Webb Telescope released stunning image of an explicit spiral galaxy 

JWST exhibits another exemplary image proving its efficiency in capturing astounding details of distant objects.
Kavita Verma
A spiral amongst thousands
A spiral amongst thousands


A recent image released by NASA’s James Webb Space Telescope (JWST) shows a spiral galaxy in astonishing detail amidst a legion of other galaxies and stars. The telescope beautifully captured intricate details of the spiral galaxy encompassed by a multitude of other dazzling kaleidoscopic stars and galaxies.

The splendid spiral galaxy, LEDA 2046648, sits in the image's foreground with discernible individual spiral arms. It is a part of the Hercules constellation and is considered to be more than a billion light years away from the planet, proving the quality and detailing of JWST’s image to be even more majestic. In addition, the other galaxies and stars, ranging from tiny ovals and spirals to odd-ly shaped smudges of light, are even further than LEDA 2046648.

Formation of ‘the image’

The Webb Telescope contains a main mirror, multiple intricate mirrors, and other optical elements. These divert and focus the starlight collected by the main mirror to create a clear image of any distant object. 

This particular image captured recently was a part of the commissioning process of the Near-Infrared Imager and Slitless Spectrograph or NIRISS. Engineers and Astronomers were setting up the Webb instruments for some science observation when the NIRISS faced a glitch. The instrument experienced delayed communication on January 15 because of a run-in with a cosmic ray, leading to a time-out. Later, the team confirmed that NIRISS was back to full operations on January 30 after successfully completing test observations.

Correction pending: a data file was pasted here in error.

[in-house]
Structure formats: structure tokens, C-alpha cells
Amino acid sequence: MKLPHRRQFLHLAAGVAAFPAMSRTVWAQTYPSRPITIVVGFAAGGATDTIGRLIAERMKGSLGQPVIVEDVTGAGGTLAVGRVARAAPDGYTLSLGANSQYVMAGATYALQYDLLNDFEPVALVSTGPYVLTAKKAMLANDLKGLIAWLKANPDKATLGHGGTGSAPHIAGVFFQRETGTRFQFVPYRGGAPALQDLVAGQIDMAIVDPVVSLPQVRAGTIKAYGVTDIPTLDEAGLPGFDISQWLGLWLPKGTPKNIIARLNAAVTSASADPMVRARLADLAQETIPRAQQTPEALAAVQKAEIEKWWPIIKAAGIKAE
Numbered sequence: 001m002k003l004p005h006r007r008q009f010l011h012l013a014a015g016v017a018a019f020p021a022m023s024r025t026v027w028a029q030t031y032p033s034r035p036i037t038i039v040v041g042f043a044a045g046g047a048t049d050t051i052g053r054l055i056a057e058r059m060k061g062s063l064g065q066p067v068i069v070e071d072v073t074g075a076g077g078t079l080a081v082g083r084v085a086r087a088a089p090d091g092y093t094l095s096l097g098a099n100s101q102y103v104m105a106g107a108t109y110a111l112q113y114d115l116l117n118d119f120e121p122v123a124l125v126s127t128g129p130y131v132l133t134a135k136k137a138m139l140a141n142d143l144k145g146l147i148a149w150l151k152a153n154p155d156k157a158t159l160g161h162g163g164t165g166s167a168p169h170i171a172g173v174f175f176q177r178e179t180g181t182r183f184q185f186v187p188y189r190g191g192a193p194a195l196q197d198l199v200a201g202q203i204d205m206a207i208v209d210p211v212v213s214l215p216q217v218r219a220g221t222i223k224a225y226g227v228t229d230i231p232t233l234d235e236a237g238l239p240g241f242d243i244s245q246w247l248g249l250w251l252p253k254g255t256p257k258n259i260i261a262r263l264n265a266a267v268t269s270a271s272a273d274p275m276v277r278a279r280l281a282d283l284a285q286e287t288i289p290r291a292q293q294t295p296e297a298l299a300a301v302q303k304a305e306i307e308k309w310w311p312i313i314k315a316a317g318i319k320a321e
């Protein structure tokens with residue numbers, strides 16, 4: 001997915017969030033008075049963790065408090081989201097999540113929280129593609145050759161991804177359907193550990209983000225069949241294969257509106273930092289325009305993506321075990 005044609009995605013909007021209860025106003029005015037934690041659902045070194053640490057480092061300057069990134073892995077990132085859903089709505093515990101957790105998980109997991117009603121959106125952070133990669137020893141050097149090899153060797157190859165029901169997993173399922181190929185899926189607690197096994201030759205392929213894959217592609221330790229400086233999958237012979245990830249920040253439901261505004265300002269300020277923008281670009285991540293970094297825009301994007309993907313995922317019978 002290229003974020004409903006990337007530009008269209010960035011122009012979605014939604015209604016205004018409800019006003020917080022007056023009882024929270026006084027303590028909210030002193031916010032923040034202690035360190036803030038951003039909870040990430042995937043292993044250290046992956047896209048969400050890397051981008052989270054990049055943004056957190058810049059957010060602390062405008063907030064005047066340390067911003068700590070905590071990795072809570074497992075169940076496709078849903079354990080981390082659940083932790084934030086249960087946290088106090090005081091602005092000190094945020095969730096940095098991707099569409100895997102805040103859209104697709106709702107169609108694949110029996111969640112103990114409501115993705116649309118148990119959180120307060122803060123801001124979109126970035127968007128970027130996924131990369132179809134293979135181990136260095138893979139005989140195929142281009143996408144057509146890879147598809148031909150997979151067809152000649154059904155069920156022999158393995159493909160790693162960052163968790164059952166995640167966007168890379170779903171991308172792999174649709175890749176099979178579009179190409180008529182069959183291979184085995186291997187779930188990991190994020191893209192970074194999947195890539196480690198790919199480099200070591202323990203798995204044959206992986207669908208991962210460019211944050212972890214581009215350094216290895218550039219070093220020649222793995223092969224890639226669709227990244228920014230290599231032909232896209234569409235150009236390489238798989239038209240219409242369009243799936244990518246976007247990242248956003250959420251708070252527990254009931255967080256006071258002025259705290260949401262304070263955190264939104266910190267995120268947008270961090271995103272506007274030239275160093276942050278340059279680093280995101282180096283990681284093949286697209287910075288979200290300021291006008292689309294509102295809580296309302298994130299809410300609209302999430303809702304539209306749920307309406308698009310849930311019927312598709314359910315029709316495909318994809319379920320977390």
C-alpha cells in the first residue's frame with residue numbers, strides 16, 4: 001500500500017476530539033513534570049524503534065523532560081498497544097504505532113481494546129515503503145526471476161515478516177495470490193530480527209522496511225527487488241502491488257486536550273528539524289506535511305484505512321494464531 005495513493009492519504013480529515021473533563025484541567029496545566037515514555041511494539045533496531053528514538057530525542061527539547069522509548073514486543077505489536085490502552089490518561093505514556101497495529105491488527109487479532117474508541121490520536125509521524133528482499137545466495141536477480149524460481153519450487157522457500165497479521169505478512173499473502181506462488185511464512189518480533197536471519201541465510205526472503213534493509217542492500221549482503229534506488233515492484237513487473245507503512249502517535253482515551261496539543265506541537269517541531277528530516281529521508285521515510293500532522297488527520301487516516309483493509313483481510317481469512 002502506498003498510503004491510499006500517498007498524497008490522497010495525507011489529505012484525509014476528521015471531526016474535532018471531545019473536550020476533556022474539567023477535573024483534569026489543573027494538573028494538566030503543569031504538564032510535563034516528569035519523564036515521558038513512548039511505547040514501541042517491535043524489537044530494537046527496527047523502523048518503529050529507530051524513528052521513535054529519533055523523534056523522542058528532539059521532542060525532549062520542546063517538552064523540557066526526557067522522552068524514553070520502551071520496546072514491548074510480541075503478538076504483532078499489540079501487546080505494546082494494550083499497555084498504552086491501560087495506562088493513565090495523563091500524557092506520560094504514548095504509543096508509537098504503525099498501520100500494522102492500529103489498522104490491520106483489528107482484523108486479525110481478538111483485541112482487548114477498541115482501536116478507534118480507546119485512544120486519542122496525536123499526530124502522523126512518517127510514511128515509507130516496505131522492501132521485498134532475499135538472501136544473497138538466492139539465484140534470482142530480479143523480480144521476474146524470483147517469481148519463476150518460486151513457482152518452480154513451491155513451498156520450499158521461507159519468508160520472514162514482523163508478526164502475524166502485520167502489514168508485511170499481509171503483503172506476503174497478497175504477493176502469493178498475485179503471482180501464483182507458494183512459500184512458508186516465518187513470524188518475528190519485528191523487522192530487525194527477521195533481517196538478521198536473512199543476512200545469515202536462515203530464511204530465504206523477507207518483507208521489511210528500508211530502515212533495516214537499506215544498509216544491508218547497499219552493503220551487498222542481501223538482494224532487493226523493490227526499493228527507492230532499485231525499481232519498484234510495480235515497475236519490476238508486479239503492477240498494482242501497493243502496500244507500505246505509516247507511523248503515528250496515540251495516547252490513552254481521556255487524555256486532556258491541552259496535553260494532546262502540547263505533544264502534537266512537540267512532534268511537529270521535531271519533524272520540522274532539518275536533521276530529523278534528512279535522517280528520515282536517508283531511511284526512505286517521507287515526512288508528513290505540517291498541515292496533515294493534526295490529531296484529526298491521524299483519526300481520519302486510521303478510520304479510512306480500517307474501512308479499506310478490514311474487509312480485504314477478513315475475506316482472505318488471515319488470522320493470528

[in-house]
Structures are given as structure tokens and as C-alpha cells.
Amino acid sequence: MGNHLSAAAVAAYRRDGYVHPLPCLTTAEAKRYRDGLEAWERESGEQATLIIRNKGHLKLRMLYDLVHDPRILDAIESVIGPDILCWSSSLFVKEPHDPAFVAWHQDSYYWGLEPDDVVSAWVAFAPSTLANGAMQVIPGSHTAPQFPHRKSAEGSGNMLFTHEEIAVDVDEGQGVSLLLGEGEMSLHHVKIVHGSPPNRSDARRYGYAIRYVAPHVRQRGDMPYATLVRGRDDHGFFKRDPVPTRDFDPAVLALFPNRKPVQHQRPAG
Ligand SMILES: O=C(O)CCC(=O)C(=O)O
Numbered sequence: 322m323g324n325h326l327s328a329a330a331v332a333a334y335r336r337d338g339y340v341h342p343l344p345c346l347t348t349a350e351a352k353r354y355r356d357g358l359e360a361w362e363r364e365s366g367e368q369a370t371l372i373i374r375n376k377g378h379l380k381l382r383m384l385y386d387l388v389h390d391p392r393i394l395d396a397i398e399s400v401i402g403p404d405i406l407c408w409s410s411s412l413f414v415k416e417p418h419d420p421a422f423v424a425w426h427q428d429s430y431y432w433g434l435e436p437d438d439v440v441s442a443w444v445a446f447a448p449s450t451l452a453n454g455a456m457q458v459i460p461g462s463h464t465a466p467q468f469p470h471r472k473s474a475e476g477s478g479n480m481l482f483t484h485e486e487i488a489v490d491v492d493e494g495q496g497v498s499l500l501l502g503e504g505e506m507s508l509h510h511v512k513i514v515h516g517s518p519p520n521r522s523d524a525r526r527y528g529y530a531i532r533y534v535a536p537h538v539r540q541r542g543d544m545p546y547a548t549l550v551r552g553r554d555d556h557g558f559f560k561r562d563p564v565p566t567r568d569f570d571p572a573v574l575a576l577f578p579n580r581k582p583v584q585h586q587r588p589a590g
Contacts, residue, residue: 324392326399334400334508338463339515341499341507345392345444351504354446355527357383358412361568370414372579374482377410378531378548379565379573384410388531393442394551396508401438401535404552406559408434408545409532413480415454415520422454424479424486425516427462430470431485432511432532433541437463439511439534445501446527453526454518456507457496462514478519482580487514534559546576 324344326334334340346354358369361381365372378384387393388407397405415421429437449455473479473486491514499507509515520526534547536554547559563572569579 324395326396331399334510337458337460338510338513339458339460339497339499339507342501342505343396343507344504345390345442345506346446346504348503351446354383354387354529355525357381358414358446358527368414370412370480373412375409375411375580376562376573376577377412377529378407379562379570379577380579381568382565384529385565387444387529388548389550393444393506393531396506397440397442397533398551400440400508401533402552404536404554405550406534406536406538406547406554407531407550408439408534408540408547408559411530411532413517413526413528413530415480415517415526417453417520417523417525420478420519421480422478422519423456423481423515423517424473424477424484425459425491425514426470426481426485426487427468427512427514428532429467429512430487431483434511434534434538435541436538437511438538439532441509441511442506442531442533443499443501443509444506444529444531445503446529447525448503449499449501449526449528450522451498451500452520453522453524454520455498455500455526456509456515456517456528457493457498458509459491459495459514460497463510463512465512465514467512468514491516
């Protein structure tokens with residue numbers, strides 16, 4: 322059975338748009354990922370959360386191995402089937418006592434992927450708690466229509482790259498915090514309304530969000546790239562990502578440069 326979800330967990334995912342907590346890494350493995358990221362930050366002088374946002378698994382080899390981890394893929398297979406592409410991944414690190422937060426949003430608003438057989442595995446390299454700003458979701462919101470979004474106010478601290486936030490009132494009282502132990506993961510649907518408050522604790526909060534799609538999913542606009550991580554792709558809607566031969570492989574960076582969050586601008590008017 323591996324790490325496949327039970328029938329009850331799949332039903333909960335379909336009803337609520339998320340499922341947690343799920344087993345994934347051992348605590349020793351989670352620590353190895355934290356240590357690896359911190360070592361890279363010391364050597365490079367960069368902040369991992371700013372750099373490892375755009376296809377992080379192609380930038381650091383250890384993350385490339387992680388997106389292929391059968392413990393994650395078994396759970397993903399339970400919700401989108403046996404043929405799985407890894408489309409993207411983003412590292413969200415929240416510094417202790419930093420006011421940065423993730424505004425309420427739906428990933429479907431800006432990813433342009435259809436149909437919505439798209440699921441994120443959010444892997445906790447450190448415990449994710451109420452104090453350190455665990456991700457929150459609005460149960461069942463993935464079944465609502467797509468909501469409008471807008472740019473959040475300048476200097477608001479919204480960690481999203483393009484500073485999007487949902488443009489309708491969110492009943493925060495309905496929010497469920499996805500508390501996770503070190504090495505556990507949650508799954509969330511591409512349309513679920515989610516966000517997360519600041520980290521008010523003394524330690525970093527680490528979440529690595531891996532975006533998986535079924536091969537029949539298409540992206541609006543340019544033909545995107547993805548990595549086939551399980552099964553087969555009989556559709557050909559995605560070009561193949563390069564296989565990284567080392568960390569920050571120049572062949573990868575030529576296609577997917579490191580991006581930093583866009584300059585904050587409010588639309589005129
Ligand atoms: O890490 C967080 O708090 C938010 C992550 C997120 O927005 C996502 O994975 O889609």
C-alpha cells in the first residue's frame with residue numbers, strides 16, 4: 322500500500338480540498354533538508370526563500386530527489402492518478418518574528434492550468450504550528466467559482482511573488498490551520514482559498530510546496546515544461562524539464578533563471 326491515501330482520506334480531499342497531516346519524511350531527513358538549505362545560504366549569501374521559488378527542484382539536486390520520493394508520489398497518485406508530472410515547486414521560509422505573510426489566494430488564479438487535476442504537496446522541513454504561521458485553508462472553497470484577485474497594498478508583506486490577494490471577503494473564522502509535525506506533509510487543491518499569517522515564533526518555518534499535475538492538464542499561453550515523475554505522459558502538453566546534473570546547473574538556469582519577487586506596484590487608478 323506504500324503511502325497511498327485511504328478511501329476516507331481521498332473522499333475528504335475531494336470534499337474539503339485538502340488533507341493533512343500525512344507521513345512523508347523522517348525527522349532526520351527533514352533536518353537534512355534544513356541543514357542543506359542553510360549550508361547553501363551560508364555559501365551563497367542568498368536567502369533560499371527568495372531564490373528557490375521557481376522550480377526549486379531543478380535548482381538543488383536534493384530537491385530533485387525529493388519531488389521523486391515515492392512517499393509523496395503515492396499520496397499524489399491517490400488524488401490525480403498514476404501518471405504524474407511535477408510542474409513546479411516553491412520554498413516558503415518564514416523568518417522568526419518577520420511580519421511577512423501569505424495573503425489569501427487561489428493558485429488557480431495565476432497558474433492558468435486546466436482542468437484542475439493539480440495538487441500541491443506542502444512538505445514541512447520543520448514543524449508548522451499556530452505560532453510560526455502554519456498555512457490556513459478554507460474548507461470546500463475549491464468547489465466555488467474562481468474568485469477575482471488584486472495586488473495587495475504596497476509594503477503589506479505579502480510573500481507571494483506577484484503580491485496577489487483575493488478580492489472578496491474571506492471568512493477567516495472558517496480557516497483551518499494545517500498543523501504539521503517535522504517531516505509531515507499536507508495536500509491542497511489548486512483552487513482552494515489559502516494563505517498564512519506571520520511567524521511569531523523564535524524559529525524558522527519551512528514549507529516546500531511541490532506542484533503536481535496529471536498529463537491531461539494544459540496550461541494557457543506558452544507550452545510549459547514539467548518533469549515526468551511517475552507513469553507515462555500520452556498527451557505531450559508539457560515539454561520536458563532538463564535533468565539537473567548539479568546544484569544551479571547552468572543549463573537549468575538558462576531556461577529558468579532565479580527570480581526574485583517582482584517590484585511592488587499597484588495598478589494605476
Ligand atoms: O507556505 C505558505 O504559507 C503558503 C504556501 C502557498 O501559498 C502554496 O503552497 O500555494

In this commissioning process, JWST was experimenting with a ‘parallel observation’ strategy test which would allow NIRISS and the NIRCam (Near Infrared Camera) to examine two different targets simultaneously. While the NIRISS was observing a white dwarf called WD 1657+343, the NIRCam captured the stunning image of LEDA 2046648, which was released on January 31.

According to a statement by ESA, “Calibration images such as this one were critical to verify the telescope’s capabilities as it was prepared for science operations, and this one doesn’t disappoint.” 

James Webb Space Telescope

JWST specializes in gathering information about the oldest galaxies in the universe. It helps astronomers gain insight into the evolution of different galaxies, their ages, and how they grew to become what we see today. It also probes their chemical composition to understand how heavy and complex elements formed while the galaxies evolved.

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Additionally, the telescope is also competent in spotting distant objects like ancient galaxies. In November 2022, a team of highly proficient astronomers highlighted JWSTs first image ever, consisting of two breathtakingly ancient galaxies studded in the thick of multiple other galaxies. These were the oldest galaxies in the universe, approximately 13.5 billion years old.

The Webb telescope views the universe in infrared light with longer wavelengths which stretches the light from distant objects that are moving ever farther away. This is why JWST observations show ‘six-pointed’ diffraction spikes (their signature), as in this particular image.

NASA/ESA/CSA James Webb Space Telescope marked this stunning image as the “Picture of the Month” for January 2023.

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